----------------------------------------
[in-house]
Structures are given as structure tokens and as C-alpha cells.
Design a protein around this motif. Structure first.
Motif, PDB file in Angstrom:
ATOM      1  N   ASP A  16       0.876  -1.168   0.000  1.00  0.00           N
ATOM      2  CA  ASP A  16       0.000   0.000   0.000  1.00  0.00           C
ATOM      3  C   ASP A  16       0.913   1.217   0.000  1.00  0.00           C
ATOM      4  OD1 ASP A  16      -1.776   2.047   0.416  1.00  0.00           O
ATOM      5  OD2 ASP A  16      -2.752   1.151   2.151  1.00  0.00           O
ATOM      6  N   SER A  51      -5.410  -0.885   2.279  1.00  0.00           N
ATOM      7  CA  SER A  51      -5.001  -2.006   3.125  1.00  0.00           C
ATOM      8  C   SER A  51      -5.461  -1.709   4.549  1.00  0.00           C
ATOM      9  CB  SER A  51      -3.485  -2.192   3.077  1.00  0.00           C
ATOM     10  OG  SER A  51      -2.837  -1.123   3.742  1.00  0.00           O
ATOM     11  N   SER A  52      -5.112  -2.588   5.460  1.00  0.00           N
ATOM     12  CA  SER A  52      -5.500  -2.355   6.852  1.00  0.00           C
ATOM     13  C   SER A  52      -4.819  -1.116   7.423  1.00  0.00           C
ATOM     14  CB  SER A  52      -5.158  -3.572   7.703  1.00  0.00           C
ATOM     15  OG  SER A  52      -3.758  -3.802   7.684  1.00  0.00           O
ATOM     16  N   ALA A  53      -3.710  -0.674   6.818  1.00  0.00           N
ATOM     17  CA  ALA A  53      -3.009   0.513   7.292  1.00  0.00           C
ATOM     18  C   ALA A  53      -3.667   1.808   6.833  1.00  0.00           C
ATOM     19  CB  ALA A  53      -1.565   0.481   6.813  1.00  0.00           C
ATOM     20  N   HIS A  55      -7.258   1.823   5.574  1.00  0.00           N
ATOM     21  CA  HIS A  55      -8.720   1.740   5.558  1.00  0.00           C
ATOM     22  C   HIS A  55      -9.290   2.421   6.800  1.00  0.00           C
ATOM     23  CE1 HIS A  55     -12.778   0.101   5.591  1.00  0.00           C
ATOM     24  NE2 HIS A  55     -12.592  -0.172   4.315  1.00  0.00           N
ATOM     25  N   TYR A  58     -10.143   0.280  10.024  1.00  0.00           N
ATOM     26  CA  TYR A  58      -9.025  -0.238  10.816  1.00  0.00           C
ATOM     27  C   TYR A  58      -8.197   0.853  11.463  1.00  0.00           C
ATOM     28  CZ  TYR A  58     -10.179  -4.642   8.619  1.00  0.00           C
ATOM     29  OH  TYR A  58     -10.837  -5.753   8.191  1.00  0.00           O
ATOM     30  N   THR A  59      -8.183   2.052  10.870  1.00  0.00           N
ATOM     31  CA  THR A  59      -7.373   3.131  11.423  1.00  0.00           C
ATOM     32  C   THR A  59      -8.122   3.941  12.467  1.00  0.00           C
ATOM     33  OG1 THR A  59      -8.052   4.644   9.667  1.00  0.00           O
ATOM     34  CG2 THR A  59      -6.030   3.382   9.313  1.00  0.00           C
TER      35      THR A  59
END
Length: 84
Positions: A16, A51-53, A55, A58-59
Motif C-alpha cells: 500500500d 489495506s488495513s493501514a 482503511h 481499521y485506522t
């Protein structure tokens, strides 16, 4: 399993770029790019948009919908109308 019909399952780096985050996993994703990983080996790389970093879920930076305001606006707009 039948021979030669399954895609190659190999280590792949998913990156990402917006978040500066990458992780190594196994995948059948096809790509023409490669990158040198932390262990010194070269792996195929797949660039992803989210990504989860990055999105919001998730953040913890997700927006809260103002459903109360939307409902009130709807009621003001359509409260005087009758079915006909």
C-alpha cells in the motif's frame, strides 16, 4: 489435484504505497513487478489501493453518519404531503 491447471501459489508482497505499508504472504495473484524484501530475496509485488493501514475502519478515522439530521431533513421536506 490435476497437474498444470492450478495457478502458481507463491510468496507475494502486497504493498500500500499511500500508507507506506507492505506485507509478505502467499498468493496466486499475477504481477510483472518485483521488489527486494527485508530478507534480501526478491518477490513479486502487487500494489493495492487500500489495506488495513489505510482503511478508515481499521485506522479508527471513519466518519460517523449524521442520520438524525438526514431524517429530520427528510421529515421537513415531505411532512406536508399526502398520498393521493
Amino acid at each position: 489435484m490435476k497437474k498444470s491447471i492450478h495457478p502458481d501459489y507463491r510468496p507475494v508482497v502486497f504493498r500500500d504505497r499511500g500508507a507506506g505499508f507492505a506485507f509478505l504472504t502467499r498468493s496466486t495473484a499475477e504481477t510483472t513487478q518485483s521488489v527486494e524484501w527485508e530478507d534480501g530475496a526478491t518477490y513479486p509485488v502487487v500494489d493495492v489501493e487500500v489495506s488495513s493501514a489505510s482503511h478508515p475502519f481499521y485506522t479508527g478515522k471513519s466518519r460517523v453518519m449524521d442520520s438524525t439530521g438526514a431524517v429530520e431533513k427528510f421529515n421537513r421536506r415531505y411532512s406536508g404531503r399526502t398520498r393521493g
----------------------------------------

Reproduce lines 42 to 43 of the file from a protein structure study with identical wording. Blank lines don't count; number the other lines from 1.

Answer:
Positions: A16, A51-53, A55, A58-59
Motif C-alpha cells: 500500500d 489495506s488495513s493501514a 482503511h 481499521y485506522t